Fort Bend MUD 149: Protecting Your Pipes for Winter

We Texans know how to bundle up when it gets cold out there. Gloves, hats, scarves, jackets and boots are a necessity for warm-blooded Texans when the temperatures begin to drop. Likewise, have you considered bundling up your home in preparation for the cold? Extra steps should be taken to protect your pipes in order to prevent them from cracking or breaking during the winter season.

How should I winterize?

Draining the pipes prior to cold weather is usually a good idea, as water that isn’t moving can freeze within the lines and cause them to crack. If you plan to winterize yourself, take care to insulate all pipes that are exposed to the weather. Use pipe insulation foam to wrap around your pipes and secure with strong tape. Other methods include using rags or towels to wrap the pipes; however, the insulating foam that is designed to do the job is your best bet. An insulating foam faucet cover can be used to protect outdoor faucets as well. Any exposed pipes, especially those that run along walls and outside, should be winterized against the elements. Ambient temperature can drop in places you might not notice, such as your attic, and cause damage when they freeze.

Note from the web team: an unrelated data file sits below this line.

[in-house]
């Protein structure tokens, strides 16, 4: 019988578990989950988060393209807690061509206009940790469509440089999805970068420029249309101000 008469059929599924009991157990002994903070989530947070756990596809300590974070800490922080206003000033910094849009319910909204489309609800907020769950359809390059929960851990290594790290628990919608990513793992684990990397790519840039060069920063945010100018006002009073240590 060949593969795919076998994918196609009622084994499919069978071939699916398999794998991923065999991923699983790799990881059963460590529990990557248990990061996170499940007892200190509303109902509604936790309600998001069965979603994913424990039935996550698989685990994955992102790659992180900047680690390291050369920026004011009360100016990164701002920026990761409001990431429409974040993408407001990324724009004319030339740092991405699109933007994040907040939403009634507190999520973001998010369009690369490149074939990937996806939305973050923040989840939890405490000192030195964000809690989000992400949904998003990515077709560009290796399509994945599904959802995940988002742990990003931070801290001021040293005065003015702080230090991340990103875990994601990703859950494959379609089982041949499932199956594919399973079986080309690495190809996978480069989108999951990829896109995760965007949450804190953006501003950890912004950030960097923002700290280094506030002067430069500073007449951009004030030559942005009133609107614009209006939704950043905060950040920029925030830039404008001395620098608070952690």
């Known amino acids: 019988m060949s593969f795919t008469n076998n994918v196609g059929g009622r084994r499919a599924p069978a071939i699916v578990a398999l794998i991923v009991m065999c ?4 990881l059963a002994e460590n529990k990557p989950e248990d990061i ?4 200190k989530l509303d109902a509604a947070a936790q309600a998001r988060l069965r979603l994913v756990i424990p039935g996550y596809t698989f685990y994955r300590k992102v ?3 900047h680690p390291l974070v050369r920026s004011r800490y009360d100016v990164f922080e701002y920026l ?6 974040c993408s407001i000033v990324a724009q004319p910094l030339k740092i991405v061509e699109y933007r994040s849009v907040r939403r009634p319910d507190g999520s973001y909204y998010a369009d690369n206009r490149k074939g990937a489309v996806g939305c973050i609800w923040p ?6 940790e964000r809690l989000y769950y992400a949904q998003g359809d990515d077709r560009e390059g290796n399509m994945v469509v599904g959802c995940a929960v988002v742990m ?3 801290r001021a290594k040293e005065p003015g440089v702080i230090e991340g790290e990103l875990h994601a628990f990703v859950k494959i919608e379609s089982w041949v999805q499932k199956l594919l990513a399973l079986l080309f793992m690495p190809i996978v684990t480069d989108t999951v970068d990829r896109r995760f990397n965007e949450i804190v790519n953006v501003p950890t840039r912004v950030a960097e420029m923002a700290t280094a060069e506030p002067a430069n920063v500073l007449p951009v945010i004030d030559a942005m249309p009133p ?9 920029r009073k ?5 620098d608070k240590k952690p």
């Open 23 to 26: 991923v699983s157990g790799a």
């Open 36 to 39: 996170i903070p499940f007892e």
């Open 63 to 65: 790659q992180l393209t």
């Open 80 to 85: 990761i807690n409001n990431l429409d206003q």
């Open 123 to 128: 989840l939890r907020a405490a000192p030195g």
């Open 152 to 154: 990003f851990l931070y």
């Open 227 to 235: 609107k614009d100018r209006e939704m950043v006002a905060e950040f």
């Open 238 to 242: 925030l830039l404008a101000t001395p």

What about my sprinkler system?

For the coldest months we want to be sure we are protecting our sprinkler system. Most sprinkler installation and repair companies offer a sprinkler blowout service. Essentially, blowing out any standing water and draining the underground pipes, reduces the risks of major damage to your system.

Do I need to winterize my pool?

Even in Texas, you will need to take some steps to ensure that your pool equipment stays functional during winter. This includes modifying the amount of chemicals you add to the water, increasing the frequency of cleaning out the skimmer and pump strainer, installing freeze protection equipment and/or running your pump 24/7 if you know there will be a freeze.

Does the temperature inside my house make a difference?

Yes! Aside from comfort, its good practice to have your home warm prior to a big freeze. Open cabinets or leave them slightly ajar so that warm air can circulate around pipes that run through them. This will protect the pipes within the house. When we know a freeze is coming, it’s not a bad idea to go ahead and turn the heat up to a comfortable level.